The first modern humans spread across Europe in three waves during the Paleolithic, according to a study published May 3, 2023, in the open-access journal PLOS ONE by Ludovic Slimak of the CNRS and University of Toulouse III, France.
The archaeological record of Paleolithic Europe leaves many open questions regarding the nature of the arrival of modern humans into the region and the nature of how these newcomers interacted with the resident Neanderthal populations. In this study, Slimak compared records of stone tool technology across western Eurasia to document the sequence of early human activity in the region.
This study primarily focused on comparative analysis of tens of thousands of stone tools from two sites: Ksar Akil in Lebanon and Grotte Mandrin in France, that recently revealed the earliest Homo sapiens migration in Europe dating to 54,000 years old. The study analyzed their precise technical connections with the earliest modern technologies in the continent. The author identifies a similar sequence of three technological phases in both regions, suggesting three distinct waves of migration of Homo sapiens across Europe.
These trans-Mediterranean technological connections allow for a reinterpretation of the pattern of human arrival in Europe and its precise relations with the Levantine region. Further examination of these apparent phases of human migration will establish a clearer picture of the sequence of events as Homo sapiens spread across the region and, in doing so, gradually replaced Neanderthals.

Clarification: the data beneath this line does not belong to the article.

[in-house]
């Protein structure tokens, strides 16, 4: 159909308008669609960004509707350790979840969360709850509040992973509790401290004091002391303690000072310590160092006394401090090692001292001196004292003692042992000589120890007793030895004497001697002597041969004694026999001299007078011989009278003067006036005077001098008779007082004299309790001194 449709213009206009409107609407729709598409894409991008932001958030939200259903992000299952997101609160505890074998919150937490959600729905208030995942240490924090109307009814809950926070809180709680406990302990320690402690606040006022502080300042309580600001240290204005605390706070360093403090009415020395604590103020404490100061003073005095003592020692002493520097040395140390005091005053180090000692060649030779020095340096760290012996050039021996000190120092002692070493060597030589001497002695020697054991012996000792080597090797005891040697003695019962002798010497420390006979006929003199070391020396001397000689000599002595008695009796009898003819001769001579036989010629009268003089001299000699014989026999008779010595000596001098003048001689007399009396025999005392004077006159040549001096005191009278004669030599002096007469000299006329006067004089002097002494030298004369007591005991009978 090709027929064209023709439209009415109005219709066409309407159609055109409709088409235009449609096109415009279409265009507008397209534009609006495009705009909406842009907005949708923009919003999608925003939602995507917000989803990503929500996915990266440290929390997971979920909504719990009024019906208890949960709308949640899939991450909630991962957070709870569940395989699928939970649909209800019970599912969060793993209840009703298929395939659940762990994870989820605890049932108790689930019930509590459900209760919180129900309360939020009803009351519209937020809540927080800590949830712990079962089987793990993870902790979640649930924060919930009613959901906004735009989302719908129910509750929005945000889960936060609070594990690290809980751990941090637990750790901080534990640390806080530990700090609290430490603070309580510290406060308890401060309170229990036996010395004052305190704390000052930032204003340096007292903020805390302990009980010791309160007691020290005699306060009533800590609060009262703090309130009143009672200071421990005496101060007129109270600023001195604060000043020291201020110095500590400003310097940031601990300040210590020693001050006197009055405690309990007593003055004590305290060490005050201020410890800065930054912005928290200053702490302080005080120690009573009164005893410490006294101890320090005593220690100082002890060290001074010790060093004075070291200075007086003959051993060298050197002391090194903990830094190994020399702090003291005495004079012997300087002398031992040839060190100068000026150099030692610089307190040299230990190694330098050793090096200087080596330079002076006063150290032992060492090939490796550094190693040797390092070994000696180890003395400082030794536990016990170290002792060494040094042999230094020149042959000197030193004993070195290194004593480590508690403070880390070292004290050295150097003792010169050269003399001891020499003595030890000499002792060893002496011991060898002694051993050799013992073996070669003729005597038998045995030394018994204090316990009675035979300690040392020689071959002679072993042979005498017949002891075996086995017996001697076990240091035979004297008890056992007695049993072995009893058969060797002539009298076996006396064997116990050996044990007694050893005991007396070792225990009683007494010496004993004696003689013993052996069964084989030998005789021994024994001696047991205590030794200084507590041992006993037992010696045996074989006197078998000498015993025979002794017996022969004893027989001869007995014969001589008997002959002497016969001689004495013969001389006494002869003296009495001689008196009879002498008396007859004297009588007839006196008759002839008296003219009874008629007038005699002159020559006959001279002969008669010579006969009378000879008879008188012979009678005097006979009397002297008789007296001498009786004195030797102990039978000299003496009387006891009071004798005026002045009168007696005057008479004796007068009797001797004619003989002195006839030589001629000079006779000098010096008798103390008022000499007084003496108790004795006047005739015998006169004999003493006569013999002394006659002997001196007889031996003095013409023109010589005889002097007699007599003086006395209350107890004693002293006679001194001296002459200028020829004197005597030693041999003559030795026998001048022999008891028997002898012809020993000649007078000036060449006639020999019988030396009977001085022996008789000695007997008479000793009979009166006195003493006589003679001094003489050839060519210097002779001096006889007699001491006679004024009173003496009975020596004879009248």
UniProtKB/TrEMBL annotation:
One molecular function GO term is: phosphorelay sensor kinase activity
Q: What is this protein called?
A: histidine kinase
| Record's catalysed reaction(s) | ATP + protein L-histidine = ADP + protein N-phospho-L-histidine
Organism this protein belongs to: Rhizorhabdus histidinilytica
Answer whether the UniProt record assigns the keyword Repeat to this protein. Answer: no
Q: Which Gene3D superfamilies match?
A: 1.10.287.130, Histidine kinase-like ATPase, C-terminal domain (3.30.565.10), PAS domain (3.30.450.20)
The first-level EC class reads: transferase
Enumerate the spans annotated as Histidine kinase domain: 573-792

Slimak adds, “Until 2022, it was believed that Homo sapiens had reached Europe between the 42nd and 45th millennium. The study shows that this first sapiens migration would actually be the last of three major migratory waves to the continent, profoundly rewriting what was thought to be known about the origin of sapiens in Europe. Chatelperronian culture, one of the first modern traditions in western Europe and since then attributed to Neanderthals, should in fact signal the second wave of Homo sapiens migration in Europe, impacting deeply our understanding of the cultural organization of the last Neanderthals.”
The three waves: Rethinking the structure of the first Upper Paleolithic in Western Eurasia, PLoS ONE (2023). DOI: 10.1371/journal.pone.0277444
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Stone tools reflect three waves of migration of the earliest Homo sapiens into Europe (2023, May 3)
retrieved 3 May 2023
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